Archive | Romantic Period

The “Philadelphia Sound” in Five Historic Recordings

These days, the professional orchestra world is characterized by unparalleled technical skill, dutiful attention to historically-informed performance practice, and a general homogenization of sound and style. Musicians are expected to transition, instantly and seamlessly, from the lush Romanticism of Tchaikovsky to the lean purity of Mozart, with the mixed meters of Stravinsky and John Adams […]

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The Transformation Scene from Strauss’ “Daphne”: Renée Fleming, Live

Richard Strauss’ 1937 one act opera, Daphne, (subtitled “a bucolic tragedy”) is based on the mythological figure from Ovid’s Metamorphoses. According to the legend, the chaste Daphne sings praises to warm sunlight and the trees and flowers of the natural world. She is so rooted in nature that she has no interest in human love, rejecting her childhood friend, the […]

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Rachel Barton Pine Plays “Danse macabre”

The violin’s reputation as “the Devil’s instrument” goes back at least as far as the Renaissance, where paintings such as Pieter Bruegel’s 1562 The Triumph of Death, linked the violin to death and the depravity of dance. The “Devil’s Trill” Sonata by Giuseppe Tartini (1692–1770) comes with a story in which the composer heard the Devil playing the Sonata […]

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Saint-Saëns’ First Violin Sonata: Heroism and Virtuosity

Soaring, expansive, heroic, and thrillingly virtuosic…These are words which might describe Camille Saint-Saëns’ Violin Sonata No. 1 in D minor, Op. 75, written in the autumn of 1885.  Echoes of Beethoven’s violin sonatas surface occasionally in this music (Compare this dialogue between piano and violin with the opening turn of Beethoven’s “Spring” Sonata). But all of the glistening colors […]

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Franz Berwald: The First Great Scandinavian Symphonist?

In Wednesday’s post, I made the assertion that Scandinavian composers, from Grieg and Nielsen to Sibelius, inhabited their own distinct sound world. They seem to have heard things in a different way, and their music often unfolds with a unique sense of flow and a distinct approach towards time. Perhaps it was a result of their […]

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Traditional Norwegian fisherman's cabins, rorbuer, on the island of Hamnøy, Reine on the Lofoten in northern Norway. Photographed at dawn in winter.

Grieg’s Piano Concerto: Color and Atmosphere

It’s one of the most memorable opening statements in all of music history. Edvard Grieg’s Piano Concerto in A minor begins with the ominous rumble of a timpani roll and then a sudden, bold proclamation in the solo piano which seems to say, “Here I am.” The music which follows has echoes of the hushed restlessness of Robert Schumann’s Piano […]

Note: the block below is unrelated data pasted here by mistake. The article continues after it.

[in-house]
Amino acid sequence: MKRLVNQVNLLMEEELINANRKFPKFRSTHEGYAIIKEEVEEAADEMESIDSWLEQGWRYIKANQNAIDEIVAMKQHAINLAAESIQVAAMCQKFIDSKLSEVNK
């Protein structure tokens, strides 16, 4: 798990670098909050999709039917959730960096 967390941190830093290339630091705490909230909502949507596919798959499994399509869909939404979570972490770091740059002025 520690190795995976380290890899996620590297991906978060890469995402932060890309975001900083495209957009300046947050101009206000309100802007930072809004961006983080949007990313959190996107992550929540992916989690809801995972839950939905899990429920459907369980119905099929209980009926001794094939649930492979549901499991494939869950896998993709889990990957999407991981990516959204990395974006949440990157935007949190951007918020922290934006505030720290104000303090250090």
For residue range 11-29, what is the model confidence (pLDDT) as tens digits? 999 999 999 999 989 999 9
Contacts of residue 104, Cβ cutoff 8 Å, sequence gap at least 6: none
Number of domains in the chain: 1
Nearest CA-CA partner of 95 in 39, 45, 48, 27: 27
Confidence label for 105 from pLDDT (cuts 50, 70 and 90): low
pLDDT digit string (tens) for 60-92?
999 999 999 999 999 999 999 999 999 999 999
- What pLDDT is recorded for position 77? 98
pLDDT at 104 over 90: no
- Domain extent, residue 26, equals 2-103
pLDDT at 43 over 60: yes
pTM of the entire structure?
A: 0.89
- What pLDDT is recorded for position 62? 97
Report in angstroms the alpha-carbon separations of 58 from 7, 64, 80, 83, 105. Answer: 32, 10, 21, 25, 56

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A Brief Musical Tour of Catalonia

Catalonia was thrust into the headlines last week amid a tumultuous attempted referendum regarding independence from Spain. For centuries, the sliver of land on the Mediterranean, once under Moorish control and now home to 7.5 million people, has alternated between independent republic, French protectorate, and Spanish region. Anchored by its capital, Barcelona, Catalonia has developed […]

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Strauss’ “Four Last Songs”: Saying Goodbye to Romanticism

Richard Strauss lived long enough to witness the death of one world and the emergence of another. Consider that when Strauss wrote his first song, Weihnachtslied, in 1870 at the age of 6, Wagner was just hitting his stride with the premiere of Die Walküre, and Tchaikovsky had recently completed his gushingly romantic Overture-Fantasy, Romeo and Juliet. By 1949, the year […]

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Solitary Liszt

Supreme serenity still remains the Ideal of great Art. The shapes and transitory forms of life are but stages toward this Ideal, which Christ’s religion illuminates with His divine light. -Franz Liszt We often think of Franz Liszt (1811-1886) as a kind of nineteenth century rock star whose piano music is filled with dazzling displays […]

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Jascha Heifetz in Concert: Five Amazing Clips

There is no top. There are always farther heights to reach. If one thought himself at the pinnacle, he would slide back toward mediocrity by that very belief in his success. -Jascha Heifetz Watch performance clips of Jascha Heifetz (1901-1987), and you may get a vague sense of the supernatural. Is Heifetz playing the violin […]

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